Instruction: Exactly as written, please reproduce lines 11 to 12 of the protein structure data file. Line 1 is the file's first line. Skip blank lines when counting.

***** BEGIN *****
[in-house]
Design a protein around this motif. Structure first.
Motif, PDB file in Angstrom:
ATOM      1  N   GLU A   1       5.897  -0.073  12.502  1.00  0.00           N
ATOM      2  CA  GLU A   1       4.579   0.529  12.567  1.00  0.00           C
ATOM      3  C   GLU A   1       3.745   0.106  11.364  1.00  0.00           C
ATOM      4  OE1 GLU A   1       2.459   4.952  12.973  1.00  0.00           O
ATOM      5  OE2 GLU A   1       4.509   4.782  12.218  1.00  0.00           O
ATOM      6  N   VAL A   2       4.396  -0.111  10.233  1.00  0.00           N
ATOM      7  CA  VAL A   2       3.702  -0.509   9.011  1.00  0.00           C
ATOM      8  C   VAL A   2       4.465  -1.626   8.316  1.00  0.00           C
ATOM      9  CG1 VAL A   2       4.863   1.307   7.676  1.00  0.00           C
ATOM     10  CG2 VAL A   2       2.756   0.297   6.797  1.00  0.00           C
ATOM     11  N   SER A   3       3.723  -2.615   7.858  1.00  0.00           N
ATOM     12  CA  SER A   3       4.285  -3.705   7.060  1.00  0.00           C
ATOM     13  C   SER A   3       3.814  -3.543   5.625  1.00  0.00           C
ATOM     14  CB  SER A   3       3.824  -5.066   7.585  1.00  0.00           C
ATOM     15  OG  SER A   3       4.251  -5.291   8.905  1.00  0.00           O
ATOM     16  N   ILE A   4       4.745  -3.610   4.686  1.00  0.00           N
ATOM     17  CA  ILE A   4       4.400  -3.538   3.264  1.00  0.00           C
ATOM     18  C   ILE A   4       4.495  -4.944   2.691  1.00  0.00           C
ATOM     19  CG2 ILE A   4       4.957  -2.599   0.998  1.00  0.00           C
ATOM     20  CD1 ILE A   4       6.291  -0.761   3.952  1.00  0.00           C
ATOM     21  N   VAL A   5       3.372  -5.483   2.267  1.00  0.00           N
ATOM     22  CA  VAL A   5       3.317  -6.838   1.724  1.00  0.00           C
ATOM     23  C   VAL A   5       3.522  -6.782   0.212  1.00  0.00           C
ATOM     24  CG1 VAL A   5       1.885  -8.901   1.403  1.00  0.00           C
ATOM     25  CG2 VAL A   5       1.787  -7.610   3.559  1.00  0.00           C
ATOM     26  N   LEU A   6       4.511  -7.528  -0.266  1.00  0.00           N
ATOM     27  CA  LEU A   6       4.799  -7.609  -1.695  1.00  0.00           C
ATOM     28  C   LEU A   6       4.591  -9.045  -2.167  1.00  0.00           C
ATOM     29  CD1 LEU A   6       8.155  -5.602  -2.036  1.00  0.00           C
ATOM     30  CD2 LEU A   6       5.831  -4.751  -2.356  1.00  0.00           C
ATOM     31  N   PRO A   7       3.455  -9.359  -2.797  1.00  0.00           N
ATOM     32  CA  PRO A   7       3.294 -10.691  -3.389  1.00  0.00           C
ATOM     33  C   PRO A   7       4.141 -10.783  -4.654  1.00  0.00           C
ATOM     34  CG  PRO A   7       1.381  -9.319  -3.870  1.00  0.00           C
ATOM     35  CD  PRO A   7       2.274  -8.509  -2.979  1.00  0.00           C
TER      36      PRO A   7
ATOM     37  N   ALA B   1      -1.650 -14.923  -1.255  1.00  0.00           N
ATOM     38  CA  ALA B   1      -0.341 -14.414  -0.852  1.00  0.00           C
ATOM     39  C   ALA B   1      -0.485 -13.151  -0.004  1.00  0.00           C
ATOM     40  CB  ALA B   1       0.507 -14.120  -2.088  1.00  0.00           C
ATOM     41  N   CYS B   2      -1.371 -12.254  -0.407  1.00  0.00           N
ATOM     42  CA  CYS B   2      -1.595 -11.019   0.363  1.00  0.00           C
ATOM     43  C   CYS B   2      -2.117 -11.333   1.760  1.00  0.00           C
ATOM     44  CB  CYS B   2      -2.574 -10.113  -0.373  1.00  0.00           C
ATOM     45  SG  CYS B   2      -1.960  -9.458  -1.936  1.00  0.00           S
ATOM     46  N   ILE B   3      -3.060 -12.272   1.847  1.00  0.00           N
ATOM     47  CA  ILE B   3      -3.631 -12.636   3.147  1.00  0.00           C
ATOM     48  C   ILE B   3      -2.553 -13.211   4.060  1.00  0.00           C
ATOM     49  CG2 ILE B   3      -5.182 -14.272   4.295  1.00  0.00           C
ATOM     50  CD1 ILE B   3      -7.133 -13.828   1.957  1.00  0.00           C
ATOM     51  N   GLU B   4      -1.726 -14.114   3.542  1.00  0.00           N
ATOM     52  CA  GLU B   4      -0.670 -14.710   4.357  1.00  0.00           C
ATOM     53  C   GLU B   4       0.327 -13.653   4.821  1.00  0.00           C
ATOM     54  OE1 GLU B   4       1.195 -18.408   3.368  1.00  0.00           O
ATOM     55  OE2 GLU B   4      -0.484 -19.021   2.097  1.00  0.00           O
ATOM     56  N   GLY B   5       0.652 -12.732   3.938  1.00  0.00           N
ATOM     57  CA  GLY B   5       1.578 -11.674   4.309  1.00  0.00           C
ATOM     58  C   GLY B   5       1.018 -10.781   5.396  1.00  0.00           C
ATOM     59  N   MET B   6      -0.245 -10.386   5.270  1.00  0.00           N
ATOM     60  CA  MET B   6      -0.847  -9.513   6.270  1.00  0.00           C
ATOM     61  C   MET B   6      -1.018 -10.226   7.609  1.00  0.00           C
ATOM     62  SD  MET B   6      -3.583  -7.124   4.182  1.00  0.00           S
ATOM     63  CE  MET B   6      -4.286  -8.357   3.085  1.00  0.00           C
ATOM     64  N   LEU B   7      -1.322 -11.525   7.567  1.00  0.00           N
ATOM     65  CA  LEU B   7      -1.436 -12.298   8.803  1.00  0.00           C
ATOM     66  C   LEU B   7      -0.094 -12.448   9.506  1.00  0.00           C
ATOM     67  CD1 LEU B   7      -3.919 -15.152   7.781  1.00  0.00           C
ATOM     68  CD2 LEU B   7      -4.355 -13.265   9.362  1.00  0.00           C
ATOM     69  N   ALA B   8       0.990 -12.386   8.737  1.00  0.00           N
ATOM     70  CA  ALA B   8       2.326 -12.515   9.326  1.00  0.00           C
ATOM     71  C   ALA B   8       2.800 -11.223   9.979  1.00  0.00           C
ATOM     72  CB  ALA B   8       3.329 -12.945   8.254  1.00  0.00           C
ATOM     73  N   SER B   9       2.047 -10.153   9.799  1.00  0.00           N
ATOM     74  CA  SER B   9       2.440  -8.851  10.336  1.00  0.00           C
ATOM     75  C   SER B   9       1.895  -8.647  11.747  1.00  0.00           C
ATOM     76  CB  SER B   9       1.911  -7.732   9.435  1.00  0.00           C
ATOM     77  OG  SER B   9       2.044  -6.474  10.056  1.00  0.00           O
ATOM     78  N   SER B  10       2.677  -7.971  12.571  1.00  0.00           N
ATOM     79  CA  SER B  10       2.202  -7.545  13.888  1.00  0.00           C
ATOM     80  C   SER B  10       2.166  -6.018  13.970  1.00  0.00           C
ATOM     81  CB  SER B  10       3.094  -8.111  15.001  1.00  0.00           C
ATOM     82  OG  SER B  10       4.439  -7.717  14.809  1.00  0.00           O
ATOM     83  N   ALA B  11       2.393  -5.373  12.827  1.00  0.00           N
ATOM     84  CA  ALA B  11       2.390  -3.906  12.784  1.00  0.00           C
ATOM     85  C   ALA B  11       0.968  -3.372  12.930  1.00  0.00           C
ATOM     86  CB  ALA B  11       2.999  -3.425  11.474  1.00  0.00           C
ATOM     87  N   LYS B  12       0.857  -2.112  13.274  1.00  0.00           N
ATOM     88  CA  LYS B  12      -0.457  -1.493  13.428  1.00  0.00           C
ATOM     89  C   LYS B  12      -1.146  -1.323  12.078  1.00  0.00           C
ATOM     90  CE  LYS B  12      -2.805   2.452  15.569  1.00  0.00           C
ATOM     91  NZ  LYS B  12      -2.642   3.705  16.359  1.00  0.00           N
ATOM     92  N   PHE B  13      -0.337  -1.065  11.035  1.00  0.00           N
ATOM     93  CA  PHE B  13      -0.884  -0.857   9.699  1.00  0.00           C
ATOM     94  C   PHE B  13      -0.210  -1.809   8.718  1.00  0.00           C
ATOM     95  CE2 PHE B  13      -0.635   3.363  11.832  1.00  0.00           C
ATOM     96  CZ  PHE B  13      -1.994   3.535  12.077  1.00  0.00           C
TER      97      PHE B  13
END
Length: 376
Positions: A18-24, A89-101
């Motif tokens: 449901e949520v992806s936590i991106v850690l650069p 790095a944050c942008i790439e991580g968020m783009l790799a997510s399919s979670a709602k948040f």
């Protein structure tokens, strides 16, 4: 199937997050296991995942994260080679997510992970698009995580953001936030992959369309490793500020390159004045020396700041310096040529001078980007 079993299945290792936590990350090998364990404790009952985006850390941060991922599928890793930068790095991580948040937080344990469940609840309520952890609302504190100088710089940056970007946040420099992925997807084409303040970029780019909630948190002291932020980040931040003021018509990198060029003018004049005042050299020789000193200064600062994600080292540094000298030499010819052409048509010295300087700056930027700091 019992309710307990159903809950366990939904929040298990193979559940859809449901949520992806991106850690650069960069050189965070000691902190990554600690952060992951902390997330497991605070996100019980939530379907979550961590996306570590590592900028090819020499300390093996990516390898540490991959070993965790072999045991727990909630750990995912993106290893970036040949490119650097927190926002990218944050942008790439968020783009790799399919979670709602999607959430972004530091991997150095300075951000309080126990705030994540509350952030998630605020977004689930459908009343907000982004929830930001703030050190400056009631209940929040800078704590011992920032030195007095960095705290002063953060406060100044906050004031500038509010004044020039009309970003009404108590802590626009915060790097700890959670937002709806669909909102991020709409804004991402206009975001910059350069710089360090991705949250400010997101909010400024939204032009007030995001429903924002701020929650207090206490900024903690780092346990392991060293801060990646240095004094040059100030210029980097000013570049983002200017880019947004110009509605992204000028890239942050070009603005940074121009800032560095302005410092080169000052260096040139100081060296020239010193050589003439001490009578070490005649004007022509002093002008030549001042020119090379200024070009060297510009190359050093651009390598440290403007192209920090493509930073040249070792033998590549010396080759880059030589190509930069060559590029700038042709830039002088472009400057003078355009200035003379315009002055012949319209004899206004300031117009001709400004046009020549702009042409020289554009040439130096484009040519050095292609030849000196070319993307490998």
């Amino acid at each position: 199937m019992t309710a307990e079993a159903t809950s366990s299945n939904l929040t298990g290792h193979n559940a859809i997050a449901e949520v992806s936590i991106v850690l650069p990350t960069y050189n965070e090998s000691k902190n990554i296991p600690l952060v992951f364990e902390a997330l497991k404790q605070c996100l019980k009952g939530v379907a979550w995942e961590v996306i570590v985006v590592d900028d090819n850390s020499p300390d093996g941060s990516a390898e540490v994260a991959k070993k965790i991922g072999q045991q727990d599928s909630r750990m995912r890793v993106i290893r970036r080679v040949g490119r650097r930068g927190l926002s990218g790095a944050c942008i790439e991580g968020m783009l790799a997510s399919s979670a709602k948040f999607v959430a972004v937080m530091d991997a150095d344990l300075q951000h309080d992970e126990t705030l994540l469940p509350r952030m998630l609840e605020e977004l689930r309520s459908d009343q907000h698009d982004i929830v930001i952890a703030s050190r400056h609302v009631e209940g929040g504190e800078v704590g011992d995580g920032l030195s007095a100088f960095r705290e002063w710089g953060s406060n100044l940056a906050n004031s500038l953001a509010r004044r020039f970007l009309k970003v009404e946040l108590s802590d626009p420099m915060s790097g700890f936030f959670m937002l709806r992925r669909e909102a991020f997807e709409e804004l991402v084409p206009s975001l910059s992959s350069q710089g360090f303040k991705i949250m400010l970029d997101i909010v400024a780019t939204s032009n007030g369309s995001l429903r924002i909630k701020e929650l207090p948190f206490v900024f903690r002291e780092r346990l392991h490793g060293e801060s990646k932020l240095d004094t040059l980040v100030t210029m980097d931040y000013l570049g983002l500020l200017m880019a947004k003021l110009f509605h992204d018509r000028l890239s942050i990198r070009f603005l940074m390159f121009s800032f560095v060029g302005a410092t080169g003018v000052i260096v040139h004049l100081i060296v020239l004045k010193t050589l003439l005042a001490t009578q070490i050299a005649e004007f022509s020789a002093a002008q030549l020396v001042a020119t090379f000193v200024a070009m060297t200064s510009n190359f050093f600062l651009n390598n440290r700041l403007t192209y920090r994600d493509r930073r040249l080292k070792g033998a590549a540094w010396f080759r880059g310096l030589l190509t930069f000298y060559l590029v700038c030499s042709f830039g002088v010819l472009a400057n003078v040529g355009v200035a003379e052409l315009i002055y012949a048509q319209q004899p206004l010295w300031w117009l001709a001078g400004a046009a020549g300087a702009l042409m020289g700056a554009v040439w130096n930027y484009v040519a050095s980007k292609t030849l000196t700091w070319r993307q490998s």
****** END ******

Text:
ATOM      8  C   VAL A   2       4.465  -1.626   8.316  1.00  0.00           C
ATOM      9  CG1 VAL A   2       4.863   1.307   7.676  1.00  0.00           C